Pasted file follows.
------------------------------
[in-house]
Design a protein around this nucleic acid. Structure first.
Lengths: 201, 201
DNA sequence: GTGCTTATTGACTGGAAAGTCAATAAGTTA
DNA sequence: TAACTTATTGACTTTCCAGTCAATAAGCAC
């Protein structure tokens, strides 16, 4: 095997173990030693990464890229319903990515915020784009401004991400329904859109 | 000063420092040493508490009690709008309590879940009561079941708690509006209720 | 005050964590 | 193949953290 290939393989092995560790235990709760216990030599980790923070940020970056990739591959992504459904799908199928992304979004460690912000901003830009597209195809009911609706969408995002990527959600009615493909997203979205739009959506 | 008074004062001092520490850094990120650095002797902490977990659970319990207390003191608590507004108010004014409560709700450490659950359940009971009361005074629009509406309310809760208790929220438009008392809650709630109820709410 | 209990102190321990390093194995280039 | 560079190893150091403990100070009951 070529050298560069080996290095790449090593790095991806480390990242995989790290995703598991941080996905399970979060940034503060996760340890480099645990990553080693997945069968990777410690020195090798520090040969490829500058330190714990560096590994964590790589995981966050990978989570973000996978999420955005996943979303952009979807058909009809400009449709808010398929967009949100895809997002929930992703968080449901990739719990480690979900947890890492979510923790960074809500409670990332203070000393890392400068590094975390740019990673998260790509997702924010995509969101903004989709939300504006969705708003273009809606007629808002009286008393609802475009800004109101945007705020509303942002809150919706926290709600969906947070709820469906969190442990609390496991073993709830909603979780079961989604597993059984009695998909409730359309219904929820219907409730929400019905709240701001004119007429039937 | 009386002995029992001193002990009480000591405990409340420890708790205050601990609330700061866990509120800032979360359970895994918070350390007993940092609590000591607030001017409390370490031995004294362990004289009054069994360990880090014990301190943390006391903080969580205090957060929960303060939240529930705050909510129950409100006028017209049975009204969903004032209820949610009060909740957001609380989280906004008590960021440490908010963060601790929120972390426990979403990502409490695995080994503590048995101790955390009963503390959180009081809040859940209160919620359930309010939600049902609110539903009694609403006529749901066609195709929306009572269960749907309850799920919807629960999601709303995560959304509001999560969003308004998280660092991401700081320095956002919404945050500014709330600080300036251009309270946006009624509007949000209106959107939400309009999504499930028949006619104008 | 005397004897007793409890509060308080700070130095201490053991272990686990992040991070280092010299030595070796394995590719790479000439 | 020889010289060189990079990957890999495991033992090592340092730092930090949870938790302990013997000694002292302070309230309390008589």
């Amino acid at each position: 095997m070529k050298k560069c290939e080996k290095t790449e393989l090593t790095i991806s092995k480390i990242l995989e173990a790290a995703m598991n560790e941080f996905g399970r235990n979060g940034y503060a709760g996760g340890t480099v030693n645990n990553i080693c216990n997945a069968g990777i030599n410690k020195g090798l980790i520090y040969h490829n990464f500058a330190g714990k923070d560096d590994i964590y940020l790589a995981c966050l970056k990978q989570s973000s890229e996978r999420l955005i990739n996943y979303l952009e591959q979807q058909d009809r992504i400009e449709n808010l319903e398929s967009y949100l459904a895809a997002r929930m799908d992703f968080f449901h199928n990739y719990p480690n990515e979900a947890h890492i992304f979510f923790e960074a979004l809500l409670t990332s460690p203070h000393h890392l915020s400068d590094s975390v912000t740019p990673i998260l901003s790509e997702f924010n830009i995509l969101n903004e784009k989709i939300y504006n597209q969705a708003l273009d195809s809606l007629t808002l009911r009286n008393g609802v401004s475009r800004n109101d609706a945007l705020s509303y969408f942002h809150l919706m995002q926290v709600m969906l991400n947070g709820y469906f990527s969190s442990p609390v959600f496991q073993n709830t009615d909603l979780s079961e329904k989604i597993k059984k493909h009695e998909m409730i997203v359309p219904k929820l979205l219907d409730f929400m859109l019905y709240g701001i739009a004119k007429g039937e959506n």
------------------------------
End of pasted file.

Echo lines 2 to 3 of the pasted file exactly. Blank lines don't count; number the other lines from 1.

Design a protein around this nucleic acid. Structure first.
Lengths: 201, 201